Sudden and magnificent, the sun's braod golden disc showed itself over the horizon facing them; and the first rays, shooting across the level water-meadows, took the animals full in the eyes and dazzled them. When they were able to look once more, the Vision had vanished, and the air was full of the carol of birds that hailed the dawn.
That is the best evocation of the numinous that I know. It invites us to trust to nature as a friend, and even perhaps to trust our own inner, instinctive, animal nature. There is something about Pan here that calls out the mixture of awe and love that Christians have for God. I was interested to find the Elizabethan writer of Pastoral poems, Michael Drayton, apparently feeling able to call God the creator by the name of Pan, or at any rate to imagine a shepherd crediting Pan with all the attributes of God:
Oh blessed Pan, thou shepheards god sayth he,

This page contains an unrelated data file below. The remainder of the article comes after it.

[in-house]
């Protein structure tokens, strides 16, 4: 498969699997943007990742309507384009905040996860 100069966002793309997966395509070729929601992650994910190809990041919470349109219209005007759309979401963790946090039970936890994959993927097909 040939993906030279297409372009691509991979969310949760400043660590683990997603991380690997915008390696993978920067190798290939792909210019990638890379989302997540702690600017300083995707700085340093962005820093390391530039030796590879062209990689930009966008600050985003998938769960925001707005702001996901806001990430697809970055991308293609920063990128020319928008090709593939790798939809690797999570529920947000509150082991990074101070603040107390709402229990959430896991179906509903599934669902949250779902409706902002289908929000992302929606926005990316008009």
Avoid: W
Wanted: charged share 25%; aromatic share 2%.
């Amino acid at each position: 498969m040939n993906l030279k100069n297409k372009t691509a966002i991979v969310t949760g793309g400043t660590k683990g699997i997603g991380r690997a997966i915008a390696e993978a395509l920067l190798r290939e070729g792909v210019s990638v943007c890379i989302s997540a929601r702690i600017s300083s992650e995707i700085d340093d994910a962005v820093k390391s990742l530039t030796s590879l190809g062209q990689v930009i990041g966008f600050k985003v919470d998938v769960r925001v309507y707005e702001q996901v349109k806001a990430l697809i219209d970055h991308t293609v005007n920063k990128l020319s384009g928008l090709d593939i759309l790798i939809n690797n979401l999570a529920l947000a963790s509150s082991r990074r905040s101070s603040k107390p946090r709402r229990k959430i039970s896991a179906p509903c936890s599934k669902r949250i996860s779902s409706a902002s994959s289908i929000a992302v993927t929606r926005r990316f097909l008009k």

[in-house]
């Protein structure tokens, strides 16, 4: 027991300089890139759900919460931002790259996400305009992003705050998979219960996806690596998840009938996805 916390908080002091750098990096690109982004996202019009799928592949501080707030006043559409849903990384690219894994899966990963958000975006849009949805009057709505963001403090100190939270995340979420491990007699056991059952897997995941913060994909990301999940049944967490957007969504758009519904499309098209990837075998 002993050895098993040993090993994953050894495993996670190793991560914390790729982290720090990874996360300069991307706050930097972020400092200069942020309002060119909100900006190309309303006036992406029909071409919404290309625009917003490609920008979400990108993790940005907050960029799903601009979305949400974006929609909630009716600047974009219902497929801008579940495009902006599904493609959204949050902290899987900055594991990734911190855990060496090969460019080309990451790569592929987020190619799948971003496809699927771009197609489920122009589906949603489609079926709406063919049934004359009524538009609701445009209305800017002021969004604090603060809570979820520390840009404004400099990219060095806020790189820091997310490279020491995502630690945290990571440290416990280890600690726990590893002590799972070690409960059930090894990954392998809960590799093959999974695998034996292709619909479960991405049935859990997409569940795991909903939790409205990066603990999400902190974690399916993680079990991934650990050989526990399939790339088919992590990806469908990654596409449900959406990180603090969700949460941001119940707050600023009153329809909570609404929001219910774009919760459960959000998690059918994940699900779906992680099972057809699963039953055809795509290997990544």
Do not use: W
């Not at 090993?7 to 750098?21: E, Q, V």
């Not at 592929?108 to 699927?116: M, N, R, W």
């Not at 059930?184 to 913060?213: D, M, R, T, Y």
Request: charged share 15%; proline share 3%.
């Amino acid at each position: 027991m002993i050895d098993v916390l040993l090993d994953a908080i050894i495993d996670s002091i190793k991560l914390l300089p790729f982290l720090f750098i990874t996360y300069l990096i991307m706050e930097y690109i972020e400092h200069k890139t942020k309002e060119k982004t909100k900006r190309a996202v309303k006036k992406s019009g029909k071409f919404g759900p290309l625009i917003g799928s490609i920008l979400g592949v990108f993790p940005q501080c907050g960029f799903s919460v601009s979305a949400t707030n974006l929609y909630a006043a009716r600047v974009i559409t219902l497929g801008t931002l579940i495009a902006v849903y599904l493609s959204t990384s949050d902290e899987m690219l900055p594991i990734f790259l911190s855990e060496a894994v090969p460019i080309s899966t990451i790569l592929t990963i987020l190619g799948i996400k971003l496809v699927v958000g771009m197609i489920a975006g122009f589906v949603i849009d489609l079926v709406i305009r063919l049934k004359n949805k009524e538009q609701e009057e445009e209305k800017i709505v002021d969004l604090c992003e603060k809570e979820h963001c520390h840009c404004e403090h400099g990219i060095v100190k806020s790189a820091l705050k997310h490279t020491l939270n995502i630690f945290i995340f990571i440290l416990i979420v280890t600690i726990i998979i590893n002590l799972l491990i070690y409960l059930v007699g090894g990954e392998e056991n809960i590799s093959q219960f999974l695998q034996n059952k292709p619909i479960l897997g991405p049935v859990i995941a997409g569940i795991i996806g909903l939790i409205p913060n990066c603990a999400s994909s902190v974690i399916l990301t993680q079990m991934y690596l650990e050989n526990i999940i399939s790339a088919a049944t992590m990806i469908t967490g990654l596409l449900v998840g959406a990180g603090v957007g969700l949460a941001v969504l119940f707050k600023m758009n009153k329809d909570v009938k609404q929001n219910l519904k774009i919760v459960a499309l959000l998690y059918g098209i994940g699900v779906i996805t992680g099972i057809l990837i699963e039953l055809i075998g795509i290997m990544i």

O thou Creator of the starrie light,
Whose wondrous works shew thy divinitie,
Thou wise inventor of the day and night,
Refreshing nature with the lovely spring,
Quite blemisht erst, with stormy winters sting.
And a greater poet than Drayton, in An Ode on the Morning of Christ's Nativity, written when he was only 20, pictures the shepherds abiding in the fields, keeping watch over their flock by night:
The shepherds on the lawn
Or ere the point of dawn
Sat simply chatting in a rustic row.
Full little thought they then
That the mighty Pan
Was kindly come to live with them below;
Perhaps their loves, or else their sheep
Was all that did their silly thoughts so busy keep.